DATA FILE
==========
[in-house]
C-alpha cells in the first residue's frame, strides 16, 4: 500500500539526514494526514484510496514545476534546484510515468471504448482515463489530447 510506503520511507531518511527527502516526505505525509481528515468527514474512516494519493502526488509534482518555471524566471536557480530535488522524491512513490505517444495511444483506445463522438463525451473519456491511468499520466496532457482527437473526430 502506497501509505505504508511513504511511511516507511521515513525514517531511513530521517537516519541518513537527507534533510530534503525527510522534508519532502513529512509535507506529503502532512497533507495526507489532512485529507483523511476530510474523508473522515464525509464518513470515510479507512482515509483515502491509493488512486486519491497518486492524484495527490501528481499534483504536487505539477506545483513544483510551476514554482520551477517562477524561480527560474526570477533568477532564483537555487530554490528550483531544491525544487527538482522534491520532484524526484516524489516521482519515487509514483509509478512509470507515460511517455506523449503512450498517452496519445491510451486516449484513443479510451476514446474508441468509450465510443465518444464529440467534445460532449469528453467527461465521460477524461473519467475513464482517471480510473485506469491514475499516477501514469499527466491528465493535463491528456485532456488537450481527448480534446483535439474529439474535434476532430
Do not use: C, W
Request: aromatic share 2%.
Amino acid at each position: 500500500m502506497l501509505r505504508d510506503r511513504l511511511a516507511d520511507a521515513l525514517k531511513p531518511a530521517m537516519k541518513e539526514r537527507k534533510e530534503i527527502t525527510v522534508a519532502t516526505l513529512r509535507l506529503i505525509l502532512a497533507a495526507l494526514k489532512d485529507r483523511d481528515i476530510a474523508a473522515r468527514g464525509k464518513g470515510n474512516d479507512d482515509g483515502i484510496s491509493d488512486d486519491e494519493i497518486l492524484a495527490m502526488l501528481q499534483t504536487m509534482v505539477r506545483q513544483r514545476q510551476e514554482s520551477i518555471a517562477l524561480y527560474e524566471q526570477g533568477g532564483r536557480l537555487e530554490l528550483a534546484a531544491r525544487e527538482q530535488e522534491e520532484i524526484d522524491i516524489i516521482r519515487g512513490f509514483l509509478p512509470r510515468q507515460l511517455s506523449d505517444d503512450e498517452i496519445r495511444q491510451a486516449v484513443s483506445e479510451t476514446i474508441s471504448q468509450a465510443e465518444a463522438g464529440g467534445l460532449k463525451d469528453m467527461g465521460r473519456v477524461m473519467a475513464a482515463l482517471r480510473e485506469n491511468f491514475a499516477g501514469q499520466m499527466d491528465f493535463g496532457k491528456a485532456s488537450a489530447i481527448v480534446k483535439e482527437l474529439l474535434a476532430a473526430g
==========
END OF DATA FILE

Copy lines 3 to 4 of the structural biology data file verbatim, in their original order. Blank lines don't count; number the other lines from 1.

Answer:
Do not use: C, W
Request: aromatic share 2%.